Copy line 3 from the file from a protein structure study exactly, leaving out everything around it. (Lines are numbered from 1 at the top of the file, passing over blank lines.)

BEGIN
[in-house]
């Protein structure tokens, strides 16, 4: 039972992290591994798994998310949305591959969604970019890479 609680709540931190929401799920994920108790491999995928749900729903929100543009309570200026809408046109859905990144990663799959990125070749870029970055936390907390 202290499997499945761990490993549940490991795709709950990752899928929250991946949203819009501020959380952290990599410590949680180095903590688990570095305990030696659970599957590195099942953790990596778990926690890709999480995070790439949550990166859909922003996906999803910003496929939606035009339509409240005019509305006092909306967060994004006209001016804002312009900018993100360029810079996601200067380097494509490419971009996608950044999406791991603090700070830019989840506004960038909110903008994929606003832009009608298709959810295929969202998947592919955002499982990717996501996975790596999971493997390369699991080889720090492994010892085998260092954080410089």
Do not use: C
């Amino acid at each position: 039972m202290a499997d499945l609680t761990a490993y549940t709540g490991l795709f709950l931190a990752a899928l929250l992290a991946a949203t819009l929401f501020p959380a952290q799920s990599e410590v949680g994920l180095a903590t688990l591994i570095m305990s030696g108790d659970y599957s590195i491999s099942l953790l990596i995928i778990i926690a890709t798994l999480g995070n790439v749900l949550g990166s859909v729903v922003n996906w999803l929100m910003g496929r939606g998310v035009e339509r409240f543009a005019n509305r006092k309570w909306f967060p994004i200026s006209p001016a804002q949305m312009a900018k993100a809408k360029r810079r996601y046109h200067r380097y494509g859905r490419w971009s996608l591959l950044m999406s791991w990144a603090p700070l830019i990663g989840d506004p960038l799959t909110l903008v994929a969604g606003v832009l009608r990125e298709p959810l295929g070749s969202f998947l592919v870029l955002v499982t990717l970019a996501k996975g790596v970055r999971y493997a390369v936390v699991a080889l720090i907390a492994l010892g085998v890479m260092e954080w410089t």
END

Do not use: C